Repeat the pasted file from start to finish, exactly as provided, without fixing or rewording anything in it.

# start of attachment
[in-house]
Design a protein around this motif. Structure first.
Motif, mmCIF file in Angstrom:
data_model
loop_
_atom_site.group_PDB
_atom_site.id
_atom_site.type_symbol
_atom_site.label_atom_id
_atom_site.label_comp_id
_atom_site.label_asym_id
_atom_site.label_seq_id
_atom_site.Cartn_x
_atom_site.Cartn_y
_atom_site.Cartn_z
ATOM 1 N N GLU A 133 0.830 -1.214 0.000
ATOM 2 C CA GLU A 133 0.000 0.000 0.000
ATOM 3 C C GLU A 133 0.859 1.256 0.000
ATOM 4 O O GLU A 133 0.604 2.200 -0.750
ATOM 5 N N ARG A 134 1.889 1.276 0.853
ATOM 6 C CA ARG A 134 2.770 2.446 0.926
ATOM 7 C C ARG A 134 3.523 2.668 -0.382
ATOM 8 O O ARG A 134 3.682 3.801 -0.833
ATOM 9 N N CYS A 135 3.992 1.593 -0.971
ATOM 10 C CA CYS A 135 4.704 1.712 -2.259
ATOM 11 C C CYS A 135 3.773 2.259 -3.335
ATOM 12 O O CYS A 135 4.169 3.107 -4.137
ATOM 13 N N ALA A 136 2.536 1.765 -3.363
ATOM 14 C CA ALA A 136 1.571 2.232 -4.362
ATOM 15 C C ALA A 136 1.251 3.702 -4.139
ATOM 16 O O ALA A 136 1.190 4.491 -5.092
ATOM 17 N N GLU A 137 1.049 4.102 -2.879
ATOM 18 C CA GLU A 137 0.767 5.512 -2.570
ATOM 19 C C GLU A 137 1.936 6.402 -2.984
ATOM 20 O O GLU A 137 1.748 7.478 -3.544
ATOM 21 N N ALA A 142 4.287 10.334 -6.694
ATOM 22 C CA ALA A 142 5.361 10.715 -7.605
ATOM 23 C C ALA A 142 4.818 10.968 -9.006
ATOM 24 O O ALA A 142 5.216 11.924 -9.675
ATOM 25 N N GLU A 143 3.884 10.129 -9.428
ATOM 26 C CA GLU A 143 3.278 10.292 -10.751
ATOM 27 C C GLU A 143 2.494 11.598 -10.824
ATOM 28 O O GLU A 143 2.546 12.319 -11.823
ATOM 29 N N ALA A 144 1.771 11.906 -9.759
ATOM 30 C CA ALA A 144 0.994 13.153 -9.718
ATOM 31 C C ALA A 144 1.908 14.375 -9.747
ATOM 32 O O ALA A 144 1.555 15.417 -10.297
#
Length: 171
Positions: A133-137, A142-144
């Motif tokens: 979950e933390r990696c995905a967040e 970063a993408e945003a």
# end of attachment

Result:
[in-house]
Design a protein around this motif. Structure first.
Motif, mmCIF file in Angstrom:
data_model
loop_
_atom_site.group_PDB
_atom_site.id
_atom_site.type_symbol
_atom_site.label_atom_id
_atom_site.label_comp_id
_atom_site.label_asym_id
_atom_site.label_seq_id
_atom_site.Cartn_x
_atom_site.Cartn_y
_atom_site.Cartn_z
ATOM 1 N N GLU A 133 0.830 -1.214 0.000
ATOM 2 C CA GLU A 133 0.000 0.000 0.000
ATOM 3 C C GLU A 133 0.859 1.256 0.000
ATOM 4 O O GLU A 133 0.604 2.200 -0.750
ATOM 5 N N ARG A 134 1.889 1.276 0.853
ATOM 6 C CA ARG A 134 2.770 2.446 0.926
ATOM 7 C C ARG A 134 3.523 2.668 -0.382
ATOM 8 O O ARG A 134 3.682 3.801 -0.833
ATOM 9 N N CYS A 135 3.992 1.593 -0.971
ATOM 10 C CA CYS A 135 4.704 1.712 -2.259
ATOM 11 C C CYS A 135 3.773 2.259 -3.335
ATOM 12 O O CYS A 135 4.169 3.107 -4.137
ATOM 13 N N ALA A 136 2.536 1.765 -3.363
ATOM 14 C CA ALA A 136 1.571 2.232 -4.362
ATOM 15 C C ALA A 136 1.251 3.702 -4.139
ATOM 16 O O ALA A 136 1.190 4.491 -5.092
ATOM 17 N N GLU A 137 1.049 4.102 -2.879
ATOM 18 C CA GLU A 137 0.767 5.512 -2.570
ATOM 19 C C GLU A 137 1.936 6.402 -2.984
ATOM 20 O O GLU A 137 1.748 7.478 -3.544
ATOM 21 N N ALA A 142 4.287 10.334 -6.694
ATOM 22 C CA ALA A 142 5.361 10.715 -7.605
ATOM 23 C C ALA A 142 4.818 10.968 -9.006
ATOM 24 O O ALA A 142 5.216 11.924 -9.675
ATOM 25 N N GLU A 143 3.884 10.129 -9.428
ATOM 26 C CA GLU A 143 3.278 10.292 -10.751
ATOM 27 C C GLU A 143 2.494 11.598 -10.824
ATOM 28 O O GLU A 143 2.546 12.319 -11.823
ATOM 29 N N ALA A 144 1.771 11.906 -9.759
ATOM 30 C CA ALA A 144 0.994 13.153 -9.718
ATOM 31 C C ALA A 144 1.908 14.375 -9.747
ATOM 32 O O ALA A 144 1.555 15.417 -10.297
#
Length: 171
Positions: A133-137, A142-144
């Motif tokens: 979950e933390r990696c995905a967040e 970063a993408e945003a």